WALKS ALONE

From Burks (Soldier Boy, 1997, etc.), a brutally effective portrayal of the realities of the destruction of Native American culture. The Warm Springs Apaches, led by Chief Victorio, are refusing to go to the barren reservation set aside for them when they are attacked by “White Eye” soldiers. Walks Alone, a teenage girl, is wounded and separated from the remnants of her people, who are fleeing to Mexico. With her very young brother she is taken in by another band, which is rounded up and imprisoned by the White Eyes. When she attempts to get medicine to save her sick brother, she is beaten, and her brother dies. She finally catches up with her people, but they are attacked again, the men massacred, and the women and children enslaved. Based on the historical events leading up to the Battle of Tres Castillos, this is an unremitting tale of the misery inflicted on Native Americans. Burks, as in the past, pulls no punches, so there is no possibility of a happy ending as Walks Alone is marched off to enslavement; the hopelessness of the ending matches that of her people. Since the story is wholly told through Walks Alone’s perspective, the actions of others against her and her people are not only vicious, but utterly bewildering to her as well. (map, bibliography) (Fiction. 11-14)

Pub Date: March 1, 1998

ISBN: 0-15-201612-0

Page Count: 115

Publisher: Harcourt

Review Posted Online: May 20, 2010

Kirkus Reviews Issue: March 1, 1998

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THE BOY IN THE STRIPED PAJAMAS

After Hitler appoints Bruno’s father commandant of Auschwitz, Bruno (nine) is unhappy with his new surroundings compared to the luxury of his home in Berlin. The literal-minded Bruno, with amazingly little political and social awareness, never gains comprehension of the prisoners (all in “striped pajamas”) or the malignant nature of the death camp. He overcomes loneliness and isolation only when he discovers another boy, Shmuel, on the other side of the camp’s fence. For months, the two meet, becoming secret best friends even though they can never play together. Although Bruno’s family corrects him, he childishly calls the camp “Out-With” and the Fuhrer “Fury.” As a literary device, it could be said to be credibly rooted in Bruno’s consistent, guileless characterization, though it’s difficult to believe in reality. The tragic story’s point of view is unique: the corrosive effect of brutality on Nazi family life as seen through the eyes of a naïf. Some will believe that the fable form, in which the illogical may serve the objective of moral instruction, succeeds in Boyle’s narrative; others will believe it was the wrong choice. Certain to provoke controversy and difficult to see as a book for children, who could easily miss the painful point. (Fiction. 12-14)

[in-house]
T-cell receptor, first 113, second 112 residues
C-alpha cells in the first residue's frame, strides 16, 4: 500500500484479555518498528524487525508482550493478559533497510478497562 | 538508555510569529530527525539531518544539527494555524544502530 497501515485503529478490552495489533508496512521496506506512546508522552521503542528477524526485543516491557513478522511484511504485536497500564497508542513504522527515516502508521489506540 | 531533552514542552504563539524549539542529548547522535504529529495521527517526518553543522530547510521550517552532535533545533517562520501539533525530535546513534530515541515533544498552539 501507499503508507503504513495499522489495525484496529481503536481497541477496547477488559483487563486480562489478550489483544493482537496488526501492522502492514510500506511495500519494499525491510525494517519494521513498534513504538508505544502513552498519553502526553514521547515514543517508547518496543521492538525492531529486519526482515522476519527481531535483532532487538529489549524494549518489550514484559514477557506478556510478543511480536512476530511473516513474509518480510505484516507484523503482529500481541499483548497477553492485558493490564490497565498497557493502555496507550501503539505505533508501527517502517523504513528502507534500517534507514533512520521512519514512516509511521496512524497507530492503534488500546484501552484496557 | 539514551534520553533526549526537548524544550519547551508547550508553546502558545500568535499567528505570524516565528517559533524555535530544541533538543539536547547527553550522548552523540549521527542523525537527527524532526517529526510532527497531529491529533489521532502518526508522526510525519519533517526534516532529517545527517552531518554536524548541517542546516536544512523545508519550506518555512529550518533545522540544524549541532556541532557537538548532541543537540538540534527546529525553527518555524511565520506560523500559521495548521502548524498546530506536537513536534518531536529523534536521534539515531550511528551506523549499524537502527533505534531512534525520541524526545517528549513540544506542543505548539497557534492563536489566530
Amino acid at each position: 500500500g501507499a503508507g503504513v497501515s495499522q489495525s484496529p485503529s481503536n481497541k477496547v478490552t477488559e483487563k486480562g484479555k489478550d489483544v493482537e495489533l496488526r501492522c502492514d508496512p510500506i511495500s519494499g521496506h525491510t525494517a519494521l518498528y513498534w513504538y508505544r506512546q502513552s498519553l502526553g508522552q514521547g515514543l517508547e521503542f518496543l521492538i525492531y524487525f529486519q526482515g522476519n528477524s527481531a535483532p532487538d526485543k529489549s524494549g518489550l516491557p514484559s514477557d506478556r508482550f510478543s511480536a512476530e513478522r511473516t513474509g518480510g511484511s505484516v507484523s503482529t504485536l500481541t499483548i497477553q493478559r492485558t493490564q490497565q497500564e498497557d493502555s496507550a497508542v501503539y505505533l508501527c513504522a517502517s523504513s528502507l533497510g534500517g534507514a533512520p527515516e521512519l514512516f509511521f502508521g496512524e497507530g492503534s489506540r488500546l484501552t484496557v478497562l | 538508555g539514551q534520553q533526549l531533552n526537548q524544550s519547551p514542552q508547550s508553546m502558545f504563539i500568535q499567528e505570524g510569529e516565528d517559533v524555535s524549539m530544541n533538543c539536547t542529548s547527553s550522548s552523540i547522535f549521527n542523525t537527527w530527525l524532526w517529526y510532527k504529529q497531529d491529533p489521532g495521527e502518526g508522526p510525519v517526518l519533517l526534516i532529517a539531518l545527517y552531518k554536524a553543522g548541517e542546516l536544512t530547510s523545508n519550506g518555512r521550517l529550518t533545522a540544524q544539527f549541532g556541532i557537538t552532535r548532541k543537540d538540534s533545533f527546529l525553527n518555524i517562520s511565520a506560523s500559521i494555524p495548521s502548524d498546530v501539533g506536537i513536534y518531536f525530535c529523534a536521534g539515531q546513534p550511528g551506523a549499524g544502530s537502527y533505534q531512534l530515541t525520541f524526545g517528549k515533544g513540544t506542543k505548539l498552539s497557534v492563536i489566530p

Pub Date: Sept. 12, 2006

ISBN: 0-385-75106-0

Page Count: 224

Publisher: David Fickling/Random

Review Posted Online: May 20, 2010

Kirkus Reviews Issue: Aug. 15, 2006

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WHAT THE MOON SAW

When Clara Luna, 14, visits rural Mexico for the summer to visit the paternal grandparents she has never met, she cannot know her trip will involve an emotional and spiritual journey into her family’s past and a deep connection to a rich heritage of which she was barely aware. Long estranged from his parents, Clara’s father had entered the U.S. illegally years before, subsequently becoming a successful business owner who never spoke about what he left behind. Clara’s journey into her grandmother’s history (told in alternating chapters with Clara’s own first-person narrative) and her discovery that she, like her grandmother and ancestors, has a gift for healing, awakens her to the simple, mystical joys of a rural lifestyle she comes to love and wholly embrace. Painfully aware of not fitting into suburban teen life in her native Maryland, Clara awakens to feeling alive in Mexico and realizes a sweet first love with Pedro, a charming goat herder. Beautifully written, this is filled with evocative language that is rich in imagery and nuance and speaks to the connections that bind us all. Add a thrilling adventure and all the makings of an entrancing read are here. (glossaries) (Fiction. 12-14)

Pub Date: Sept. 12, 2006

ISBN: 0-385-73343-7

Page Count: 272

Publisher: Delacorte

Review Posted Online: May 20, 2010

Kirkus Reviews Issue: Sept. 1, 2006

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